Fourteen of India’s 20 largest thermal utilities experienced at least one shutdown due to water shortages between 2013-2016, at a cost of $1.4 billion. It's a taste of what's to come in a warmer, more crowded world.
Ethiopia, the fastest growing global economy, aims to increase prosperity for its citizens. Climate change, conflicting water demands and watershed degradation could stand in its way. Sustainable water management will be essential to maintaining Ethiopia's progress.
Water stress is causing unrest, undermining economies and ultimately driving people to leave their homes. To explore this vast topic in greater depth, Aqueduct Director Charles Iceland pens a WRI Commentary—a new content type that is longer than our typical blogs—on conflict and water.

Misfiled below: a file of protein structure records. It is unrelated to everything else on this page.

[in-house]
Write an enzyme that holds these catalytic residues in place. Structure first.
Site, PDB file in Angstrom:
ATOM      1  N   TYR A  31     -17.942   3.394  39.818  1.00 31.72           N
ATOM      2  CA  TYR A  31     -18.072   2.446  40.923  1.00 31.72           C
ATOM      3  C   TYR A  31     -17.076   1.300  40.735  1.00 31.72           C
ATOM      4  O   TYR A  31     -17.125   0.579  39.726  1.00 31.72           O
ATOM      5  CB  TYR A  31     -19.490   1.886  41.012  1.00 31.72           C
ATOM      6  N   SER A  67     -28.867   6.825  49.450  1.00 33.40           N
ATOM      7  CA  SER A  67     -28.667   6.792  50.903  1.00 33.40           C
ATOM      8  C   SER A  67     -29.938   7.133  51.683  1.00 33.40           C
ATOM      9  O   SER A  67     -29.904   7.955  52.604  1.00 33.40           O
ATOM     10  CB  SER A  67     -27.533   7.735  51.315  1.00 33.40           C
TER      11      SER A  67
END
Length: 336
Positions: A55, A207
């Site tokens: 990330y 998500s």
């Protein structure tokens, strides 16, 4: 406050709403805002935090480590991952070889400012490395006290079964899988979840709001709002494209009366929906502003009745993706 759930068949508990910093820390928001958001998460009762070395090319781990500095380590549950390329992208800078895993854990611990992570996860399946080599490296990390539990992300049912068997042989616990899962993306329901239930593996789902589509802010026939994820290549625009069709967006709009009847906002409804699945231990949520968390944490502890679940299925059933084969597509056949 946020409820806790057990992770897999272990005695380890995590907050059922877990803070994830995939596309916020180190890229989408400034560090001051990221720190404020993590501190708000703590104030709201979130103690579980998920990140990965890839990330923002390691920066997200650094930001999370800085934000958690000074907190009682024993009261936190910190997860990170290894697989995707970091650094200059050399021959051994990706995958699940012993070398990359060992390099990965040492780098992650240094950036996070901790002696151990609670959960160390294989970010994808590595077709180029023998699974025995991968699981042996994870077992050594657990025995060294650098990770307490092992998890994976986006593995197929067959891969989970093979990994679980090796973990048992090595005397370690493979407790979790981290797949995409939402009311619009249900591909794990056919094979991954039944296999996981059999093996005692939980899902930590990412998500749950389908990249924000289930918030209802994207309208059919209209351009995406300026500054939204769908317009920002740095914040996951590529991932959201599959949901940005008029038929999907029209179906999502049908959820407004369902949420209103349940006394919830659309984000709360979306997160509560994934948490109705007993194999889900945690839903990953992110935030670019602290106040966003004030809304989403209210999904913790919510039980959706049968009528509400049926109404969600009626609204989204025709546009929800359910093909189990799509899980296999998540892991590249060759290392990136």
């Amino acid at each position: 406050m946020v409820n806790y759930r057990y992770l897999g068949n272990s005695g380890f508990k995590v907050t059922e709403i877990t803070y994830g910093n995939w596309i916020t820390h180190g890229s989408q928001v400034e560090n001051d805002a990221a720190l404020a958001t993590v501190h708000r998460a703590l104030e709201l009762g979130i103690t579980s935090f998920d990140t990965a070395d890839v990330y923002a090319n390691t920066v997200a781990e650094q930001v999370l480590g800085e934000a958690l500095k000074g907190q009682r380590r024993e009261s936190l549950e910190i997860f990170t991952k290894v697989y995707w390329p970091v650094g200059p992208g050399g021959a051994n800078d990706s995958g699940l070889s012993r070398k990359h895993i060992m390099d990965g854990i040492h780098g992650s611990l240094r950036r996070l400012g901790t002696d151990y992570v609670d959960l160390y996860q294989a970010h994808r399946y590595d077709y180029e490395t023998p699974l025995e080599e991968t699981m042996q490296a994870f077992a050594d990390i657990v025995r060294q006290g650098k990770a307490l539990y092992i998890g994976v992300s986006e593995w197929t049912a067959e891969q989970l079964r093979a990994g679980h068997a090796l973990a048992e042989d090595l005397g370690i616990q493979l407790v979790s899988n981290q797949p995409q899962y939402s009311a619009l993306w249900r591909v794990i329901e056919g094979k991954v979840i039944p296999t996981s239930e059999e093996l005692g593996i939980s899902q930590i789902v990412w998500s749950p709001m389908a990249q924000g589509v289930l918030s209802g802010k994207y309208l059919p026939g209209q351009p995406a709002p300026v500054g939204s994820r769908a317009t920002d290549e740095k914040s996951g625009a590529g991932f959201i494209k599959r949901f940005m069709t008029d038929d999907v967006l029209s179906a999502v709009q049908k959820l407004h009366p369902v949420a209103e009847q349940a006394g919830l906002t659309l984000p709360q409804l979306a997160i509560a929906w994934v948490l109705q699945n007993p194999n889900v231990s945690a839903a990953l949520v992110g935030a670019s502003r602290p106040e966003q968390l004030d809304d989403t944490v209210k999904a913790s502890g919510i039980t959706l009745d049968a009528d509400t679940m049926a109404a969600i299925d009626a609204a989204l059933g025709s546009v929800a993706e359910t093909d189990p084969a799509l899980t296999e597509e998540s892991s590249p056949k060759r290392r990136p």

Water’s usability doesn’t need to end once it's flushed down the drain. Rather, India can see industrial and domestic wastewater as a valuable resource from which water, nutrients and even renewable energy can be extracted.
Water security drives state stability and safety in many regions of the world. The direct and indirect effects of water stress—such as migration, food shortages and general destabilization—transcend national boundaries.
A changing climate means less rain and lower water supplies in regions where many people live and much of the planet's food is produced, as clouds retreat toward the North and South poles. A new study shows this cloud shift is already taking place, with huge implications for agriculture, industry and municipal water provisioning.
Research on future water risk finds that rapidly growing demand for water will drive the greatest increase in water stress, even more so than supply changes caused by droughts and other extreme events.